PICTURE SPECIAL: Donegal man recalls incredible Iona voyage 60 years on

By Emma Ryan

A DONEGAL man who was a crew member on the Derry to Iona voyage has recalled the incredible experience 60 years on from the momentous journey.

On June 9, 1963, after a week of rowing, a crew of 13 landed on Iona after completing the 100 mile journey in a 30 foot curragh, a simple canvas-covered boat.


The expedition from Derry to Iona, retraced the voyage made by Saint Columba 1,400 years beforehand, also in a curragh.

On June 9, 1963, after a week of rowing, a crew of 13 landed on Iona after completing the 100 mile journey in a 30 foot curragh, a simple canvas-covered boat.

Sponsored by the Church of Ireland, the 1963 voyage was considered a major event and took four years to prepare for.

Donegal man Jim Boyd, a curragh maker, built the 30 ft boat which was used for the voyage.

On Friday, Billy Patterson and Jim reunited with crew members Alistair Jameson and John Connolly in Bunbeg to celebrate 60 years since the momentous voyage, while also remembering the nine other crew members who have sadly died since the trip.

Joined by their family and friends, the men attended a church service in Bunbeg, which was celebrated by Reverent Liz Fitzpatrick.

The men fondly recalled the memories of the voyage which started all those years ago in Derry.


The expedition from Derry to Iona, retraced the voyage made by Saint Columba 1,400 years beforehand, also in a curragh.


Ahead of their departure, a service was held in St Columb’s Cathedral and the crew paraded through the streets.

Speaking to the Donegal News, Billy Patterson said he remembers hundreds of people lining the streets to see the crew off on their journey.

“The whole jetty was lined with people, there was hundreds of people out to see us off,” he said.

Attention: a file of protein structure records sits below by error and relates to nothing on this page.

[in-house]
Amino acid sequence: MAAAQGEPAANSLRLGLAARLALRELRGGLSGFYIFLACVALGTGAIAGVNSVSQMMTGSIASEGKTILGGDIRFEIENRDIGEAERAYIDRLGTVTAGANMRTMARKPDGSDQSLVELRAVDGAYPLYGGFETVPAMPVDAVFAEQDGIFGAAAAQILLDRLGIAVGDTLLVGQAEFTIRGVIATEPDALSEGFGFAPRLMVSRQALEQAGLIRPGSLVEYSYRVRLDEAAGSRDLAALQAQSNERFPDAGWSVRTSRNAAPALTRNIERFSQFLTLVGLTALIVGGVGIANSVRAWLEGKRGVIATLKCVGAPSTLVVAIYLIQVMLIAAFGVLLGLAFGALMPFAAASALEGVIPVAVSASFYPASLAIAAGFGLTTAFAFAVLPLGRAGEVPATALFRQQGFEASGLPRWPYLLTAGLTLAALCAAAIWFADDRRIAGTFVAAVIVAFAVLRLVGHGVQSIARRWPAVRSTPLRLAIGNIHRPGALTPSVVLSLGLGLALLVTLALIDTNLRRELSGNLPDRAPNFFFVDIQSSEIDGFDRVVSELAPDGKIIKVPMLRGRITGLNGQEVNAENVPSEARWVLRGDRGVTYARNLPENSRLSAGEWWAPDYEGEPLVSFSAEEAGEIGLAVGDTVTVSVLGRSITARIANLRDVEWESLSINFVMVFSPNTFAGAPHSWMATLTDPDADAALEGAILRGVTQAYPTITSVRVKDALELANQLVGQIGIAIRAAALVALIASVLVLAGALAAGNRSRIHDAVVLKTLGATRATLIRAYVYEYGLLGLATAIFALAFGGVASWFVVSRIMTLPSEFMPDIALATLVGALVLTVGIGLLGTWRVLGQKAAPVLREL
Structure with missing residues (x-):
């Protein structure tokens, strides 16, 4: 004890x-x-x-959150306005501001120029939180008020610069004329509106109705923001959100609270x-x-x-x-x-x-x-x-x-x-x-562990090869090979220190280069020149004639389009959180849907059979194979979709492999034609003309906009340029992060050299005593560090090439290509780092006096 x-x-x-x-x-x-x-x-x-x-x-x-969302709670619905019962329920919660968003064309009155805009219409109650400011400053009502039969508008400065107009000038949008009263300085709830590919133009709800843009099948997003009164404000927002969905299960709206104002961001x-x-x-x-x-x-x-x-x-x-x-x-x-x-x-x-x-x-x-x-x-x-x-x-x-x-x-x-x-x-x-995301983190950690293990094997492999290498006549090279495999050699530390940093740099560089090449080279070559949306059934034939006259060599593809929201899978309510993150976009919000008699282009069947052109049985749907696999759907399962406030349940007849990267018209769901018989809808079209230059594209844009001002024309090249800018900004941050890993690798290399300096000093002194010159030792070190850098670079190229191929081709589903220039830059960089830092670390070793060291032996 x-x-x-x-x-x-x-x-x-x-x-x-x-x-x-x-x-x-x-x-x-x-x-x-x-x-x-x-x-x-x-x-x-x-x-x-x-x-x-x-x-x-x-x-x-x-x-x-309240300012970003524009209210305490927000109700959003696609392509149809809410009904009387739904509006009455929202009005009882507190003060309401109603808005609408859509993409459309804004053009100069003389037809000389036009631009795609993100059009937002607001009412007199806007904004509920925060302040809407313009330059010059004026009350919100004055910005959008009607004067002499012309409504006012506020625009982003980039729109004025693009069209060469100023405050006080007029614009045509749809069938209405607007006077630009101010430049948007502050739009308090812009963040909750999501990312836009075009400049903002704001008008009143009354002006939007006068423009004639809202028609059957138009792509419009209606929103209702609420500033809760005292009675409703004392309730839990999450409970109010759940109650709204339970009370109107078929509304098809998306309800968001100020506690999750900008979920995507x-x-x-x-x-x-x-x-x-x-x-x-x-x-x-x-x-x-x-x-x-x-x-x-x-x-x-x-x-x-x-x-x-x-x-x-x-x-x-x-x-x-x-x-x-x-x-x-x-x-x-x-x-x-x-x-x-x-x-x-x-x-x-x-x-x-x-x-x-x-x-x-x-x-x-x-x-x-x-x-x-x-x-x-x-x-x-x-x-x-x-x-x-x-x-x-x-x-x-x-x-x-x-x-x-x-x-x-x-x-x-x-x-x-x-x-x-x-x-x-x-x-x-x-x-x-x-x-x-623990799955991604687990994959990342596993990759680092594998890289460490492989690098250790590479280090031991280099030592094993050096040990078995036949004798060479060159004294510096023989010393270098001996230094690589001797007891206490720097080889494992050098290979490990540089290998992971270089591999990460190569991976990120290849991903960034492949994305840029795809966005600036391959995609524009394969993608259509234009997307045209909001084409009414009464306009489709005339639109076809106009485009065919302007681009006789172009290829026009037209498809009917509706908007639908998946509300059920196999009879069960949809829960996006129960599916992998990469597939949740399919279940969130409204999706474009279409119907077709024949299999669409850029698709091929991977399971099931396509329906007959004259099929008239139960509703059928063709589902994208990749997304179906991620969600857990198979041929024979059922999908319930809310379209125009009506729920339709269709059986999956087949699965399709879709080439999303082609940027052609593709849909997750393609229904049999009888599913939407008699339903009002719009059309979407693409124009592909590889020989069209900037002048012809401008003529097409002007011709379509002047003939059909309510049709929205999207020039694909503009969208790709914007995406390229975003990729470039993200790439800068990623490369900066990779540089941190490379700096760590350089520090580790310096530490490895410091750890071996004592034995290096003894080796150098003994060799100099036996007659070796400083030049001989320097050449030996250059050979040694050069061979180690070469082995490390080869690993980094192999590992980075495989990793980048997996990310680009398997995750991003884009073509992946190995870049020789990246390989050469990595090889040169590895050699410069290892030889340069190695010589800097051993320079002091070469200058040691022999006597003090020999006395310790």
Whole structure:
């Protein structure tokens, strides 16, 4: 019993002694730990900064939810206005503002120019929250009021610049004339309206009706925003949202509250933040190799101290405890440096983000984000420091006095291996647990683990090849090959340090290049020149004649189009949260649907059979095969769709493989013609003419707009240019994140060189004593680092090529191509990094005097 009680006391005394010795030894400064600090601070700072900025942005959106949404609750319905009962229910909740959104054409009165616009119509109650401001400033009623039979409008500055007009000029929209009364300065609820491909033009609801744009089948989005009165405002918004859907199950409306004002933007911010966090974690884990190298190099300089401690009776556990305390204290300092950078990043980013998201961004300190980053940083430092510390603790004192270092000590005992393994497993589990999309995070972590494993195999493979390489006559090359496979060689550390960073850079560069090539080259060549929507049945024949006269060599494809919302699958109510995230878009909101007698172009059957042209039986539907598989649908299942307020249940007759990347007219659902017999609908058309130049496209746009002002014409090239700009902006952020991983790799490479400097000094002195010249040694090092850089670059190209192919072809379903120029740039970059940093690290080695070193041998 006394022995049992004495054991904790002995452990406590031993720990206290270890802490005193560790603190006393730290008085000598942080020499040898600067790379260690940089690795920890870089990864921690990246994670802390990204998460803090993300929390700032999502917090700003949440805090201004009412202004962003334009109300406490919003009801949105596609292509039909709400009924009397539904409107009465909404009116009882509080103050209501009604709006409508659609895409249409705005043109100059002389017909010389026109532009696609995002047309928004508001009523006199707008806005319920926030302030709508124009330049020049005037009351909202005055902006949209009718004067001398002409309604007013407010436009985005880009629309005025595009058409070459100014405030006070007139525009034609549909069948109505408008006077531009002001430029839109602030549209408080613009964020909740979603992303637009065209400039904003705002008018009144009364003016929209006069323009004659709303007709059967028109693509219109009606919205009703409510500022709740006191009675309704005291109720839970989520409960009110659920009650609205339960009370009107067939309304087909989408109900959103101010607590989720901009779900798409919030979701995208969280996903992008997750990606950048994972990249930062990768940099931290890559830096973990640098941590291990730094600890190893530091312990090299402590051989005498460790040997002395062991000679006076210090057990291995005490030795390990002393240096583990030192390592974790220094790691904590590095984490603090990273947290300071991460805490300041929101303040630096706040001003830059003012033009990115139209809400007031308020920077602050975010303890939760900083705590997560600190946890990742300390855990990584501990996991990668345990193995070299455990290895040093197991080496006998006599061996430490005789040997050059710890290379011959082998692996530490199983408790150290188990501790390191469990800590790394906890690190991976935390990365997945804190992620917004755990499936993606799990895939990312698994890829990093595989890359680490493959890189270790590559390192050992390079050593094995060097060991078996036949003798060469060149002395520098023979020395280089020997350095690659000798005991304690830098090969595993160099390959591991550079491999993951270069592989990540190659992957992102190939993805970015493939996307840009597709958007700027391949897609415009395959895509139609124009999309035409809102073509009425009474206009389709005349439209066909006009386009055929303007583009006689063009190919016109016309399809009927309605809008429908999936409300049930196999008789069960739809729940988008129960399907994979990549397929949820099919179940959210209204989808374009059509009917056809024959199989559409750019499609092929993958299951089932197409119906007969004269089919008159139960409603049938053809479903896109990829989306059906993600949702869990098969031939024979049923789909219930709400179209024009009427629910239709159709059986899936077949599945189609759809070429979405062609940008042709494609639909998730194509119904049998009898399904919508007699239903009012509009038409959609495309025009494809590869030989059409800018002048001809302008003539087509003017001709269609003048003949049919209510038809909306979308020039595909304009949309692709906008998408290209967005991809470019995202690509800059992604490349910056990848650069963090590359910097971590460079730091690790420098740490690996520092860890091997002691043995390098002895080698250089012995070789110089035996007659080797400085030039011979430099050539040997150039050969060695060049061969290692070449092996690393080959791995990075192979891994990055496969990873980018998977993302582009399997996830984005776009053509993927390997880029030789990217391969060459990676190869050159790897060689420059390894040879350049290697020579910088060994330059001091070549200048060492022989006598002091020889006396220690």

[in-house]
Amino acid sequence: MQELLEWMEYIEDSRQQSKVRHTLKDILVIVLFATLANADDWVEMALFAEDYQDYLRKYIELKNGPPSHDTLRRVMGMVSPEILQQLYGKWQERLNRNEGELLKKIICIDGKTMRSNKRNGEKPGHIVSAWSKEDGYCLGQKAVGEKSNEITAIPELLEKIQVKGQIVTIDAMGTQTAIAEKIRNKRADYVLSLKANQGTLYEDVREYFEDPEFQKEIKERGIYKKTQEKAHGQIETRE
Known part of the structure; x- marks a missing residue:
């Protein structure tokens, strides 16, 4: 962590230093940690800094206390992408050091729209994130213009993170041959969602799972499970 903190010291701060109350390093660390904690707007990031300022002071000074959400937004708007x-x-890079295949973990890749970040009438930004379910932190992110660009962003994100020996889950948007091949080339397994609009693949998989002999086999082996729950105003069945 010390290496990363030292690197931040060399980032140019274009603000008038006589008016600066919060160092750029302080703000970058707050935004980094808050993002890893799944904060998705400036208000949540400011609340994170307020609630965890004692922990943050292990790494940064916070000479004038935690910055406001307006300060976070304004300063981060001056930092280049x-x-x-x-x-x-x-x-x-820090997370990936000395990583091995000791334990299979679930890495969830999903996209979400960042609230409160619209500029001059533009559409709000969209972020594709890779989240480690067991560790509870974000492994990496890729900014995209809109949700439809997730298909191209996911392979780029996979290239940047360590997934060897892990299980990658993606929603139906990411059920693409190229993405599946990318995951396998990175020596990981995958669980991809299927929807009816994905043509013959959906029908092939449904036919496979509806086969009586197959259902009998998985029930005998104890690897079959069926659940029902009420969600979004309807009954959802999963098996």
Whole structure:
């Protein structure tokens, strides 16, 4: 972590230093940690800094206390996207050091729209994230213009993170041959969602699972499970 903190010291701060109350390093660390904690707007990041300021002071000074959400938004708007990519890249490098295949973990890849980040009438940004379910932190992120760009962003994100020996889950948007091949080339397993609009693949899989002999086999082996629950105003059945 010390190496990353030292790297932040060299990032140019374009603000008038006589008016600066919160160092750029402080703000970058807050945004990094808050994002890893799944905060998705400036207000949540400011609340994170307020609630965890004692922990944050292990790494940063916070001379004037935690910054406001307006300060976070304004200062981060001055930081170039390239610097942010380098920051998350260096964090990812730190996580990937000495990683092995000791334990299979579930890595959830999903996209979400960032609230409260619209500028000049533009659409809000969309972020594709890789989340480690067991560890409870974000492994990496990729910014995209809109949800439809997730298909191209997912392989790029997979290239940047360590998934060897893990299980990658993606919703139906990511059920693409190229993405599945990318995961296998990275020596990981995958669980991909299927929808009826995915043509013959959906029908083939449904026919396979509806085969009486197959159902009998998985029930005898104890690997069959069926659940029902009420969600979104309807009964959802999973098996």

“It was a big deal.

“When we were parading and getting into the boat in Derry, we were wearing these brown robes, palm booties with hair on them from the West of Ireland and white bonnets.

“But as soon as we rowed out of sight and up the River Foyle, we pulled into the left and took it all off and put on jeans and jumpers.

“We didn’t need the robes again until we got into the bay at Iona.

“I remember when we were going past Magilligan we could hear a buzzing going past us and plops in the water.

“The army were in Magilligan and they were shooting and the bullets were coming out over the boat – they didn’t see us and we didn’t see them.

“Even if they had hit us, it would not have done any harm but it was a different time back then,” said Billy.

Two of those who took part in the voyage to Iona in 1963 Jim Boyd, Bunbeg who built the curragh pictured with Billy Patterson. They are pictured with a replica of the curragh. Pictures by Tommy Curran.

The voyage was a seven day event and the crew would row for half an hour and rest for half an hour.

The crew’s first stop after 11 hours of rowing was Islay, where they were greeted by a man who made them scrambled eggs and toast and provided a generous supply of Islay Mist Whiskey.

Billy said the crew experienced greet kindness while stopping at the various islands during their trip.

“After Islay, our next stop was Taransay and one of the Lords of Islands came down to visit us there.